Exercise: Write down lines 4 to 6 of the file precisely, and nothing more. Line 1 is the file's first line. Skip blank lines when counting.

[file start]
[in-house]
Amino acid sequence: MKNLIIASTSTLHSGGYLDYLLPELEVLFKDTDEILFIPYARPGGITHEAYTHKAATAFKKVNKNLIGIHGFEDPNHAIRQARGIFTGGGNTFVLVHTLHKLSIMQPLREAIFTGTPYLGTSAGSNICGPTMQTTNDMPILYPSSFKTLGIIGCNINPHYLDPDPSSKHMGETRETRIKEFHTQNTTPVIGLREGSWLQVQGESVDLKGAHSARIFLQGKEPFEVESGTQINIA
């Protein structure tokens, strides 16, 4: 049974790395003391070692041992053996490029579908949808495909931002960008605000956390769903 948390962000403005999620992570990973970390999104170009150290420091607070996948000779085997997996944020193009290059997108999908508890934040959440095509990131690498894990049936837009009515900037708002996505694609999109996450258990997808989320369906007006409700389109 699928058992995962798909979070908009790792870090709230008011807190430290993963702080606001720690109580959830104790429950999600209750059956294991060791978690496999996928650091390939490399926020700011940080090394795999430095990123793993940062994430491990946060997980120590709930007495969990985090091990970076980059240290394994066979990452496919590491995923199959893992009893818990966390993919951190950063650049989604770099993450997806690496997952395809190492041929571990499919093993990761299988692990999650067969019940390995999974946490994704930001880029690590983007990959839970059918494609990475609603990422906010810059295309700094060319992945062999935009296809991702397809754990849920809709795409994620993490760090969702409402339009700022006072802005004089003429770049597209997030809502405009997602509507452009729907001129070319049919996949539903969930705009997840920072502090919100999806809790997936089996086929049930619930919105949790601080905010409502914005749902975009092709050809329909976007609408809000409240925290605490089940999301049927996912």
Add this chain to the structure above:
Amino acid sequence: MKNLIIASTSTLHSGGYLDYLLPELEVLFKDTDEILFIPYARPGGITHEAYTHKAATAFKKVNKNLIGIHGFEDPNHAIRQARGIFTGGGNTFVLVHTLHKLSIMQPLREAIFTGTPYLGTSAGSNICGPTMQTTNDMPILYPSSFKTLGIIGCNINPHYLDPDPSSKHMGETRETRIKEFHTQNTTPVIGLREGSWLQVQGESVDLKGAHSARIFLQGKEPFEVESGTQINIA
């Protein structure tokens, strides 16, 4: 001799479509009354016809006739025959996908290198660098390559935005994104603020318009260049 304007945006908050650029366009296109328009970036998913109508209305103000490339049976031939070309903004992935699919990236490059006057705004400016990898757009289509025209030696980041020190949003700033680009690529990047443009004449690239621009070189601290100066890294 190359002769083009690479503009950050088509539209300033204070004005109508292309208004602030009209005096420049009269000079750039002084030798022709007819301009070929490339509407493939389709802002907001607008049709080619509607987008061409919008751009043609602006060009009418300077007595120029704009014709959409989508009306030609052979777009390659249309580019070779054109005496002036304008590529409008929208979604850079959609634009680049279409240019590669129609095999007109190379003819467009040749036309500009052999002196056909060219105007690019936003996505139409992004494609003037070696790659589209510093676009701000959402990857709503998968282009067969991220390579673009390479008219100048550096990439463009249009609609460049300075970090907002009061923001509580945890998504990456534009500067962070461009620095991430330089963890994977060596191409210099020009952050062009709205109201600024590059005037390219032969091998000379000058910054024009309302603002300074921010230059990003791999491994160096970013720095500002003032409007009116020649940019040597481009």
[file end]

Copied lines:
Add this chain to the structure above:
Amino acid sequence: MKNLIIASTSTLHSGGYLDYLLPELEVLFKDTDEILFIPYARPGGITHEAYTHKAATAFKKVNKNLIGIHGFEDPNHAIRQARGIFTGGGNTFVLVHTLHKLSIMQPLREAIFTGTPYLGTSAGSNICGPTMQTTNDMPILYPSSFKTLGIIGCNINPHYLDPDPSSKHMGETRETRIKEFHTQNTTPVIGLREGSWLQVQGESVDLKGAHSARIFLQGKEPFEVESGTQINIA
């Protein structure tokens, strides 16, 4: 001799479509009354016809006739025959996908290198660098390559935005994104603020318009260049 304007945006908050650029366009296109328009970036998913109508209305103000490339049976031939070309903004992935699919990236490059006057705004400016990898757009289509025209030696980041020190949003700033680009690529990047443009004449690239621009070189601290100066890294 190359002769083009690479503009950050088509539209300033204070004005109508292309208004602030009209005096420049009269000079750039002084030798022709007819301009070929490339509407493939389709802002907001607008049709080619509607987008061409919008751009043609602006060009009418300077007595120029704009014709959409989508009306030609052979777009390659249309580019070779054109005496002036304008590529409008929208979604850079959609634009680049279409240019590669129609095999007109190379003819467009040749036309500009052999002196056909060219105007690019936003996505139409992004494609003037070696790659589209510093676009701000959402990857709503998968282009067969991220390579673009390479008219100048550096990439463009249009609609460049300075970090907002009061923001509580945890998504990456534009500067962070461009620095991430330089963890994977060596191409210099020009952050062009709205109201600024590059005037390219032969091998000379000058910054024009309302603002300074921010230059990003791999491994160096970013720095500002003032409007009116020649940019040597481009």